- Guide for parent-professional partnerships in the hearing healthcare setting
The relationship between the family of a child who is deaf or hard of hearing and the child’s hearing care provider (HCP) has the potential to be long-term and consequently requires a mutually respectful relationship. Families feel supported by professionals when they perceive the relationship to be a collaborative partnership built on trust. This process evolves over time and includes honest and clear communication, understanding, and empathy. Developing active listening skills can help HCPs create these positive connections with families. Professionals are reported to be a critical source of support for families when a family first learns their child is deaf or hard of hearing. Difficult news needs to be delivered an empathetic and caring way. Professionals who can integrate family support and quality service provision into their practice have a structure for success. The Guide explores these topics and more. You can access the guide on the Phonak website.
- COVID-19 related resources for families
Hands & Voices has created a dedicated COVID-19 webpage specific to resources to support families with children who are deaf and hard of hearing and family support providers. This webpage includes family support resources such as; activities families can do at home with their children during the quarantine and how to talk to your children about COVID-19, education resources such as; fact sheets and statements on students’ rights and educating students with disabilities during COVID-19, eLearning and Accessibility resources such as, captioning, speech recognition apps, accessibility tips, and other important topics during this time like Children’s Safety, Information from National partners, and Resources in Spanish. You can access the webpage here.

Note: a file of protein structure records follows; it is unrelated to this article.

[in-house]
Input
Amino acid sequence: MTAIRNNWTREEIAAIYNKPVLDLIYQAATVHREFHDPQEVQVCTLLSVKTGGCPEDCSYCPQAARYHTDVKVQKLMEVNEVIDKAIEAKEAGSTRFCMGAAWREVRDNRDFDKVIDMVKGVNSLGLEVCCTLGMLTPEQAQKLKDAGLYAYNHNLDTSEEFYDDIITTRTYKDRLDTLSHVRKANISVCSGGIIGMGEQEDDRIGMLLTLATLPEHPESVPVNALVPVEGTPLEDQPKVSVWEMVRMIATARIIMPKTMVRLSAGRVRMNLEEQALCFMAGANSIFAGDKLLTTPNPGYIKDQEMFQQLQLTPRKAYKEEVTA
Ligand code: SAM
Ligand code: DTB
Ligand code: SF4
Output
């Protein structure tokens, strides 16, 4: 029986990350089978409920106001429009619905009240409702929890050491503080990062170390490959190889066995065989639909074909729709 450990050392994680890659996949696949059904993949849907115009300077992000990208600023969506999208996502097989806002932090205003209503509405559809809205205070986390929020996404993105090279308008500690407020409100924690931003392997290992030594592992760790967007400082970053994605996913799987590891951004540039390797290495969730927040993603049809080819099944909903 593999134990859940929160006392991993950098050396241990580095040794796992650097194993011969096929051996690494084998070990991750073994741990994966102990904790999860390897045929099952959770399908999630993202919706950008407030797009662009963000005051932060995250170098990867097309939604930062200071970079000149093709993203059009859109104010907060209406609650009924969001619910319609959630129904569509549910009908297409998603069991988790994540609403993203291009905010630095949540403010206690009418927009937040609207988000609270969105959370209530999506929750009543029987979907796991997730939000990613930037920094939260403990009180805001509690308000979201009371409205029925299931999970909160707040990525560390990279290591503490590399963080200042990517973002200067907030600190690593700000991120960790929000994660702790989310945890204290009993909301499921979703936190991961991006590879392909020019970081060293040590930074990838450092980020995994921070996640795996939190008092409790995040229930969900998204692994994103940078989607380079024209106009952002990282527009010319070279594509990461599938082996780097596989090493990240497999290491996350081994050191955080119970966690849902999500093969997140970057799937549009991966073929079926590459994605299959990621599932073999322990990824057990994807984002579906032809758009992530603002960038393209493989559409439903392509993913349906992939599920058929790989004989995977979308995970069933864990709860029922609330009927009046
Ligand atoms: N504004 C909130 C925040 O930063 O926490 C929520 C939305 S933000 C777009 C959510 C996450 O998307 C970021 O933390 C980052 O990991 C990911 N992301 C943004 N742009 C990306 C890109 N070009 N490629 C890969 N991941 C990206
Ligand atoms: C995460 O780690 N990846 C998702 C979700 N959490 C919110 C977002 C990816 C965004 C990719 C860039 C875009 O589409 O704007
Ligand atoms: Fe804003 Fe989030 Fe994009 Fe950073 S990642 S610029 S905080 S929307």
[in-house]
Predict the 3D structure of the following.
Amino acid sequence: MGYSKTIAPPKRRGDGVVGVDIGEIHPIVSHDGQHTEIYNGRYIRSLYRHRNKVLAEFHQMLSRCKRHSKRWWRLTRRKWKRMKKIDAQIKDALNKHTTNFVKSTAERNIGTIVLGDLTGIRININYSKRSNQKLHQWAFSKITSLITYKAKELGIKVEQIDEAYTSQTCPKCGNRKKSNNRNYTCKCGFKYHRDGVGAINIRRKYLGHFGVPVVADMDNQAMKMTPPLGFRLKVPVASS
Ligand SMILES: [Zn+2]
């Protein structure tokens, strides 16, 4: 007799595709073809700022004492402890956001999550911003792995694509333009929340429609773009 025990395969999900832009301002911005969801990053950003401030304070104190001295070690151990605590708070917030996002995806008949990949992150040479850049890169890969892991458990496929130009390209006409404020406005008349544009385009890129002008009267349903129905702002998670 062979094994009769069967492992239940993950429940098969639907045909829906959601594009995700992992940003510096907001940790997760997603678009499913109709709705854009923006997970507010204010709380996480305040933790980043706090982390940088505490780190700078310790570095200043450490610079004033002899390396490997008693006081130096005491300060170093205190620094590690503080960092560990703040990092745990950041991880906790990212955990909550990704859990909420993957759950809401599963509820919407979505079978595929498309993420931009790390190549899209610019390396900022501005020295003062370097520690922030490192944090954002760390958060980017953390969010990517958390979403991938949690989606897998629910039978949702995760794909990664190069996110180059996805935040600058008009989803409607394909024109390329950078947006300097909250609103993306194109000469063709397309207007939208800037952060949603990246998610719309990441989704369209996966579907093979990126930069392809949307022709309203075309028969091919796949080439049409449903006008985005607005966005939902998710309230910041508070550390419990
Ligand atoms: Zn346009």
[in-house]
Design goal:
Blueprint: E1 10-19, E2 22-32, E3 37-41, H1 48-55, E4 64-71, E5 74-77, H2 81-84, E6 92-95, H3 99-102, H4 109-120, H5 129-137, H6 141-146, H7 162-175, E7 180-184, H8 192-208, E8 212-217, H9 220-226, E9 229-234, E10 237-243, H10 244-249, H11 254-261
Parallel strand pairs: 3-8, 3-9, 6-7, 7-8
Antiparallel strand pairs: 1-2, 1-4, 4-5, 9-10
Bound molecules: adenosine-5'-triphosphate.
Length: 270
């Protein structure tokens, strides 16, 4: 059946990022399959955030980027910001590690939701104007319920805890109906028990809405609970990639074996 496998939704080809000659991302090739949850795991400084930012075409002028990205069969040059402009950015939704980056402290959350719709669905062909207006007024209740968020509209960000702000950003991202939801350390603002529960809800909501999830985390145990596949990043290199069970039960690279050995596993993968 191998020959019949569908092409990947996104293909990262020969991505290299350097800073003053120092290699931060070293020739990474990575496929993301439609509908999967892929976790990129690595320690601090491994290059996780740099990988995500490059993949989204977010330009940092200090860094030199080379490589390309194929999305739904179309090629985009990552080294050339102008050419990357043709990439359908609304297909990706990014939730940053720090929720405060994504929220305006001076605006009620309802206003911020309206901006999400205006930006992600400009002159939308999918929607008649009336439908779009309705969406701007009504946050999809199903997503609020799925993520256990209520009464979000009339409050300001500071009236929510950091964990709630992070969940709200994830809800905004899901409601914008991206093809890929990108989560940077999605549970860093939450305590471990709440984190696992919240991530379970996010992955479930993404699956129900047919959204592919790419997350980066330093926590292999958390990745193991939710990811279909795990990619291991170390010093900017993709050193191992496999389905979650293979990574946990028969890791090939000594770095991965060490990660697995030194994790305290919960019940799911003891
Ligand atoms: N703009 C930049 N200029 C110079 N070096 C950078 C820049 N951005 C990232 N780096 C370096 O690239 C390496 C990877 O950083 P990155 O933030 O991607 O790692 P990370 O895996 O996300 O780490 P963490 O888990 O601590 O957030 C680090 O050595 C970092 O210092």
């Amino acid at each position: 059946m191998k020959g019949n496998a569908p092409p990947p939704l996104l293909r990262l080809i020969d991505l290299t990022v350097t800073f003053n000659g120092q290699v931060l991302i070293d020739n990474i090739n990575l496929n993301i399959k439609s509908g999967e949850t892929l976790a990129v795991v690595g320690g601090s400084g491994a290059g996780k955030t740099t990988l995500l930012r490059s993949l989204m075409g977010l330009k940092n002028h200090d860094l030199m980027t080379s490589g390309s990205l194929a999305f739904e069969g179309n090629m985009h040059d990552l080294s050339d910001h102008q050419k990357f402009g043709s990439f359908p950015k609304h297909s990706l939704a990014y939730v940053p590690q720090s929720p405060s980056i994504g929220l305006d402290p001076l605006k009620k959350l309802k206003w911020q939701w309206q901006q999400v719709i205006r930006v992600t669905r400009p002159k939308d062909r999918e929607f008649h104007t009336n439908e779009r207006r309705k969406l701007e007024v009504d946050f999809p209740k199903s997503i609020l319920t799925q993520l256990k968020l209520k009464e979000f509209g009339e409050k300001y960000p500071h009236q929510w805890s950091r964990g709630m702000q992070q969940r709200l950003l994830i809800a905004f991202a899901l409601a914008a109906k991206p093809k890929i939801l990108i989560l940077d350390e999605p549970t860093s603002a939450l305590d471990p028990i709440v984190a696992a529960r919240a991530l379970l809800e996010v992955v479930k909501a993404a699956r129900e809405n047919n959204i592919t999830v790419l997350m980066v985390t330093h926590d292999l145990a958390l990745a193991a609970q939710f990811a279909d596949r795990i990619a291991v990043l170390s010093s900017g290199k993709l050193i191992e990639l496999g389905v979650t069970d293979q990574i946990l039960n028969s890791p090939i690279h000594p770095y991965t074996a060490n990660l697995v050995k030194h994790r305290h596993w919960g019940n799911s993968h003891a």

My daughter Sara is now a thriving successful deaf adult. I have a lot of people to thank for this — it was through partnerships with professionals and the resources that were provided in our journey to successfully navigate her health, school, and community access. I am so grateful to those hearing healthcare professionals who took the time to help answer the questions we had, provided us documents that helped, and for connecting us to other people and organizations that also helped. That’s what Hands & Voices is here for, to partner with professionals to support the families they serve.
Hands & Voices has a wonderful organizational partnership with Phonak, who has not just given lip service to the idea that families should be a part of resource development, but has partnered with us to help support the dissemination of information that Phonak develops.
The Parent guide for understanding best practice recommendations for children with unilateral hearing loss will soon be published on the Phonak website. Stay tuned!